Topics include:
  • Understanding shading concepts
  • Simulating the Fresnel effect for realistic reflections
  • Rendering transparent and translucent surfaces
  • Comparing mental ray and Maya standard shaders
  • Introducing the mia_material
  • Developing shader networks
  • Using subsurface scattering shaders
  • Mapping polygon UV coordinates
  • Incorporating texture nodes into networks
  • Improving skin detail with ambient occlusion
  • Painting bump maps
  • Creating normal and displacement maps
  • Troubleshooting maps
Subject:
3D + Animation
Software:
Maya
Author:
Eric Keller

Creating mental ray shaders

In addition to the standard Maya shaders, mental ray comes with its own library of shaders. These can be used to create very sophisticated surface effects. So let's take a look at where we could find these on mental ray shaders. I'm going to go to Window > Rendering Editors > Hypershade to open up Hypershade and you'll see in the Create tab, if I click on Maya up here and I click on Surface, you'll see these are the standard Maya shaders, so Anisotropic, Blinn, Lambert, Phong and so on and so forth. I want to create some of the mental ray shaders, I'll go down to the mental ray section and click on Materials, and you can see now I have a list of quite a few mental ray specific shaders.

Now you don't have to master every single one of these shaders. Just a few of these shaders will take care of most of the effects that you want to create. Now I want to point out very briefly that you'll see that mental ray has its own version of blinn and lambert and phong, these types of shaders, and these are similar to the Maya standard shaders, but they're used in more complex mental ray shading networks. If you just need to use like a standard blinn shader, go ahead and use the Maya Blinn found here under Maya Surface.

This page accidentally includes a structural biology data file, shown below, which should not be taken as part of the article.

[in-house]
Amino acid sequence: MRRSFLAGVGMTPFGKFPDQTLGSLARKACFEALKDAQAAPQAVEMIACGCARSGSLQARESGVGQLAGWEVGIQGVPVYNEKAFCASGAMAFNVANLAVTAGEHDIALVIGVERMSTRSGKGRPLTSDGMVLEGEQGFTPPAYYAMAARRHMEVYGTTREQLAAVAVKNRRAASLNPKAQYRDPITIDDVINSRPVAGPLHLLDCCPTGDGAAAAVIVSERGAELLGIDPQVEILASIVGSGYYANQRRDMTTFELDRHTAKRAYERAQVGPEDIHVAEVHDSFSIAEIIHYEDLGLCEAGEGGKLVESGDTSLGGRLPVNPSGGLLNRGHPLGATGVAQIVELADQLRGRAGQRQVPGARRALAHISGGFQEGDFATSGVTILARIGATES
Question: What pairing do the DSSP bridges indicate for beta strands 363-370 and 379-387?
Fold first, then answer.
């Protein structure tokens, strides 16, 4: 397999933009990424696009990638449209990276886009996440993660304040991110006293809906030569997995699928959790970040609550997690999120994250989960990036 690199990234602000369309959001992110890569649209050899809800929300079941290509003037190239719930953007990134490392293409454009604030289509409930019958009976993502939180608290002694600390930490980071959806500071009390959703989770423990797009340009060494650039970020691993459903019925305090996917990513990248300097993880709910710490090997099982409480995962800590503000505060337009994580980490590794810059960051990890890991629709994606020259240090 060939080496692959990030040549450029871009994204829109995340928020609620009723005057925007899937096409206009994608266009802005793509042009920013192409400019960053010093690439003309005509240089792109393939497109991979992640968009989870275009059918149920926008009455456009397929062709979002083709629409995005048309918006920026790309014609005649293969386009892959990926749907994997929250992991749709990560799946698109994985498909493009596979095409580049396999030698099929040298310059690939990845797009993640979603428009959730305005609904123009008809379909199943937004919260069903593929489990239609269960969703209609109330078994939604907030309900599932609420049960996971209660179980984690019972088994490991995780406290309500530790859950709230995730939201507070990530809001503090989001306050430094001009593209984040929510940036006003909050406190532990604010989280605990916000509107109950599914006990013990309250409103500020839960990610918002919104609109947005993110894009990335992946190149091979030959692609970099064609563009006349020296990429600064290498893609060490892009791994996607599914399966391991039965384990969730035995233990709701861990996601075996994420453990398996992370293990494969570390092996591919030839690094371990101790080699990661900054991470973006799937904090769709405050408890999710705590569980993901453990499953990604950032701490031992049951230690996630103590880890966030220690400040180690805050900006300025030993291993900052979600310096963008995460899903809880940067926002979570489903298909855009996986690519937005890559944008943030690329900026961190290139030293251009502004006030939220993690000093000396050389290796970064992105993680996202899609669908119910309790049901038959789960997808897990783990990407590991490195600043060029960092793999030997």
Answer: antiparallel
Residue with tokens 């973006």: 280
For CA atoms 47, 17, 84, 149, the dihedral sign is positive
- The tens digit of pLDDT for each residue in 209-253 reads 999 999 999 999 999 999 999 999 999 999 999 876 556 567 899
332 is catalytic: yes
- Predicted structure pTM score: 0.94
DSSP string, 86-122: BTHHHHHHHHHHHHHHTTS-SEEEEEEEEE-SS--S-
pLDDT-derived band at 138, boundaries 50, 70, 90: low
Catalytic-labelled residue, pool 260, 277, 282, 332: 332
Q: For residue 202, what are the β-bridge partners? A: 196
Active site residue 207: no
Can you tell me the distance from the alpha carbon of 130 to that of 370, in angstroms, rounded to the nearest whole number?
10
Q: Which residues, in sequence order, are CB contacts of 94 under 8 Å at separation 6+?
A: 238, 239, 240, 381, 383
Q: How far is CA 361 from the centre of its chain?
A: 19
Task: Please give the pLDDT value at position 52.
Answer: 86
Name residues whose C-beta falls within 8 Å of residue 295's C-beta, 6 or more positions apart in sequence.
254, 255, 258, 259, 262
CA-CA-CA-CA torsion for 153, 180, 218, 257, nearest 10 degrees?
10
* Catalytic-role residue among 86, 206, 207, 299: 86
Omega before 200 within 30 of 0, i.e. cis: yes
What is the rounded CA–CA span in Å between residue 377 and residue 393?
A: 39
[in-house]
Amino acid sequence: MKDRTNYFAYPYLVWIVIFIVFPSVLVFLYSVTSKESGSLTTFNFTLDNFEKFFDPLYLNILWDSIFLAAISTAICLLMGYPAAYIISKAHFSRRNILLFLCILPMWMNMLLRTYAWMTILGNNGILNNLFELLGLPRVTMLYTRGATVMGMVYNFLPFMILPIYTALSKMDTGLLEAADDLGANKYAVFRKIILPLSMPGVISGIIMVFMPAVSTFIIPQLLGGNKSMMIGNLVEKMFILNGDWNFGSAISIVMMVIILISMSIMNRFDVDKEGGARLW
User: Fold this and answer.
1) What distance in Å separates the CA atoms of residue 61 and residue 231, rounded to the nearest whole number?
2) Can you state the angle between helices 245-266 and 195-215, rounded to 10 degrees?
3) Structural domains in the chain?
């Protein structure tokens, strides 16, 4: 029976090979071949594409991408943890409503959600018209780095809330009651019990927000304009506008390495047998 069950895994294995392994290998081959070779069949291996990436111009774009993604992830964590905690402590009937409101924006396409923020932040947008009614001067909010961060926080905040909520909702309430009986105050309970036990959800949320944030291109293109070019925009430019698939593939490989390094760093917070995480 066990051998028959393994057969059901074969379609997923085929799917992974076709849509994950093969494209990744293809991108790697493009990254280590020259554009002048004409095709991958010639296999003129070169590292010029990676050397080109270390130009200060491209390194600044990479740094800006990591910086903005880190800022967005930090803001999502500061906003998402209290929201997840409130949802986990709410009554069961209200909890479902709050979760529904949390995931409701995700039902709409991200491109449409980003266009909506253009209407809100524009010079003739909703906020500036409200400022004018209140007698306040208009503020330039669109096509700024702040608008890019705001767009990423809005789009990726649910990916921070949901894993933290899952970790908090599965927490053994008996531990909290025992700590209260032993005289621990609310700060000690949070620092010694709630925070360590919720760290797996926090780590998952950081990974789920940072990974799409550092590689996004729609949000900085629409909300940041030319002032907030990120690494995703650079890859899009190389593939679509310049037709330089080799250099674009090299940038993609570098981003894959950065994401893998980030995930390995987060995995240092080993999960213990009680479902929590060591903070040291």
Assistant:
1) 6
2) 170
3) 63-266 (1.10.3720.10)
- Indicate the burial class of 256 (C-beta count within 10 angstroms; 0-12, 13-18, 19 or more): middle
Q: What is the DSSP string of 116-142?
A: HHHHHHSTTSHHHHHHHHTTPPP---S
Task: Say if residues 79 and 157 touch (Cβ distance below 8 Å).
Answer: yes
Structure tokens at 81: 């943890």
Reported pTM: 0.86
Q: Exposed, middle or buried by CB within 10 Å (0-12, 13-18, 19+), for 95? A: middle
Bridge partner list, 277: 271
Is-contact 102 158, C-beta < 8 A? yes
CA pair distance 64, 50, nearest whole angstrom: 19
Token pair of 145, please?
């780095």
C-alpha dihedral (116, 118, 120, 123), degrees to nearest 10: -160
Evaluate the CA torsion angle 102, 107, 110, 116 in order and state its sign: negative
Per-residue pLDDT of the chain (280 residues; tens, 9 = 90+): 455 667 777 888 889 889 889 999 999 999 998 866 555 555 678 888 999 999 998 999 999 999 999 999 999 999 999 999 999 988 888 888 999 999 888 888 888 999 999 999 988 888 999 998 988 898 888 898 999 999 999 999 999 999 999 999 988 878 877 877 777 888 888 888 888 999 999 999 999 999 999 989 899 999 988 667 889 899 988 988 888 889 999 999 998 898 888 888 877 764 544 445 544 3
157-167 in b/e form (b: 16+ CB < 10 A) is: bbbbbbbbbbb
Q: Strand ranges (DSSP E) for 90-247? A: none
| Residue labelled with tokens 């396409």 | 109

That would work just fine when rendering mental ray. The only reason you need to use the mental ray blinn is part of a more advanced network. The other thing I would like to point out is you'll noticed that some of these shaders have three versions. For instance, this metallic paint has a metallic_paint, metallic_paint_x and metallic_paint_x_passes. So which one should you use? The x stands for extended, which means that it has some extended capabilities more in the backend, stuff that you don't necessarily need to worry about when you're solving typical shading problems.

I tend to use the x version of the shader and then if I know I'm going to render it using render passes, I'll use the x_passes shader. And for example, I'm going to create the metallic paint shader just to show a simple point. Let's say if you start out with this version of the shader and you decide later you need to upgrade the shader for if you are going to use passes or whatever, if you open up the Attribute Editor for the shader down here at the bottom, there is an Upgrade Shader button and this will upgrade it to the x version or the x_passes.

So, if you start with this shader and create a bunch of different attributes, but for some reason you need to upgrade it for example to create render with passes, all you need to do is press this button and then you can use that for rendering with passes.